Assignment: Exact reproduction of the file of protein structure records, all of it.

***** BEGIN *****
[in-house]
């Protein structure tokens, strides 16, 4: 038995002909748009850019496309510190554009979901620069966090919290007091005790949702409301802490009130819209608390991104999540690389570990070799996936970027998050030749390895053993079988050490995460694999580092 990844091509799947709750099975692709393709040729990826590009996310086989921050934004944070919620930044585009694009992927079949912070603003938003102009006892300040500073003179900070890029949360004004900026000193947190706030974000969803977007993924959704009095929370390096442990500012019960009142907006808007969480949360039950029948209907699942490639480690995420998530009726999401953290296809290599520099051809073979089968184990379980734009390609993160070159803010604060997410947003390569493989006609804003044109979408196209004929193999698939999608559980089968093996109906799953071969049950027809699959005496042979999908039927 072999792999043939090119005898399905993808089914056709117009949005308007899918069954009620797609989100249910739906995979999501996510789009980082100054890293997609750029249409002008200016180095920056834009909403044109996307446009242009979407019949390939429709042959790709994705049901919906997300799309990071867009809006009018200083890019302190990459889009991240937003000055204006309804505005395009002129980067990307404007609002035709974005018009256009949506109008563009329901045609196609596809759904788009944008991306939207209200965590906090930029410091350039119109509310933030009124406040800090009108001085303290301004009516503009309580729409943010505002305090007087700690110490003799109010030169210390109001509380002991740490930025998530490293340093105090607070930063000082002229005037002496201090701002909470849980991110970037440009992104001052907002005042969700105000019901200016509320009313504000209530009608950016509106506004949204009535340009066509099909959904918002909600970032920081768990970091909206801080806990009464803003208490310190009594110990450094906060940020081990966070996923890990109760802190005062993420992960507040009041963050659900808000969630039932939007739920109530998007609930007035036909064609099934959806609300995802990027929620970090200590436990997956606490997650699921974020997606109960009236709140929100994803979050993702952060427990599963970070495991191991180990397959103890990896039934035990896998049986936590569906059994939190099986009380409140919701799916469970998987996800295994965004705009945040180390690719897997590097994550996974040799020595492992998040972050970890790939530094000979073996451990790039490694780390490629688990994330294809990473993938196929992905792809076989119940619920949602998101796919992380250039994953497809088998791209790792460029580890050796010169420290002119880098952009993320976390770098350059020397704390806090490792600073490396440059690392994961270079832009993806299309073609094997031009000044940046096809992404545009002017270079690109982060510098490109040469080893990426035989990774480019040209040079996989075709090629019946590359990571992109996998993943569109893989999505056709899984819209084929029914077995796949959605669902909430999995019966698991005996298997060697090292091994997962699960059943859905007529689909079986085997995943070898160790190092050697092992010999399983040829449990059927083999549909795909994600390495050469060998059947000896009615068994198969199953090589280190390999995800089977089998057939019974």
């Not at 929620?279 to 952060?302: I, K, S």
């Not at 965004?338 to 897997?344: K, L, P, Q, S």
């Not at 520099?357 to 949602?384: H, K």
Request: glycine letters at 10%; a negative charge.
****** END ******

[in-house]
């Protein structure tokens, strides 16, 4: 038995002909748009850019496309510190554009979901620069966090919290007091005790949702409301802490009130819209608390991104999540690389570990070799996936970027998050030749390895053993079988050490995460694999580092 990844091509799947709750099975692709393709040729990826590009996310086989921050934004944070919620930044585009694009992927079949912070603003938003102009006892300040500073003179900070890029949360004004900026000193947190706030974000969803977007993924959704009095929370390096442990500012019960009142907006808007969480949360039950029948209907699942490639480690995420998530009726999401953290296809290599520099051809073979089968184990379980734009390609993160070159803010604060997410947003390569493989006609804003044109979408196209004929193999698939999608559980089968093996109906799953071969049950027809699959005496042979999908039927 072999792999043939090119005898399905993808089914056709117009949005308007899918069954009620797609989100249910739906995979999501996510789009980082100054890293997609750029249409002008200016180095920056834009909403044109996307446009242009979407019949390939429709042959790709994705049901919906997300799309990071867009809006009018200083890019302190990459889009991240937003000055204006309804505005395009002129980067990307404007609002035709974005018009256009949506109008563009329901045609196609596809759904788009944008991306939207209200965590906090930029410091350039119109509310933030009124406040800090009108001085303290301004009516503009309580729409943010505002305090007087700690110490003799109010030169210390109001509380002991740490930025998530490293340093105090607070930063000082002229005037002496201090701002909470849980991110970037440009992104001052907002005042969700105000019901200016509320009313504000209530009608950016509106506004949204009535340009066509099909959904918002909600970032920081768990970091909206801080806990009464803003208490310190009594110990450094906060940020081990966070996923890990109760802190005062993420992960507040009041963050659900808000969630039932939007739920109530998007609930007035036909064609099934959806609300995802990027929620970090200590436990997956606490997650699921974020997606109960009236709140929100994803979050993702952060427990599963970070495991191991180990397959103890990896039934035990896998049986936590569906059994939190099986009380409140919701799916469970998987996800295994965004705009945040180390690719897997590097994550996974040799020595492992998040972050970890790939530094000979073996451990790039490694780390490629688990994330294809990473993938196929992905792809076989119940619920949602998101796919992380250039994953497809088998791209790792460029580890050796010169420290002119880098952009993320976390770098350059020397704390806090490792600073490396440059690392994961270079832009993806299309073609094997031009000044940046096809992404545009002017270079690109982060510098490109040469080893990426035989990774480019040209040079996989075709090629019946590359990571992109996998993943569109893989999505056709899984819209084929029914077995796949959605669902909430999995019966698991005996298997060697090292091994997962699960059943859905007529689909079986085997995943070898160790190092050697092992010999399983040829449990059927083999549909795909994600390495050469060998059947000896009615068994198969199953090589280190390999995800089977089998057939019974």
């Not at 929620?279 to 952060?302: I, K, S």
């Not at 965004?338 to 897997?344: K, L, P, Q, S």
């Not at 520099?357 to 949602?384: H, K």
Request: glycine letters at 10%; a negative charge.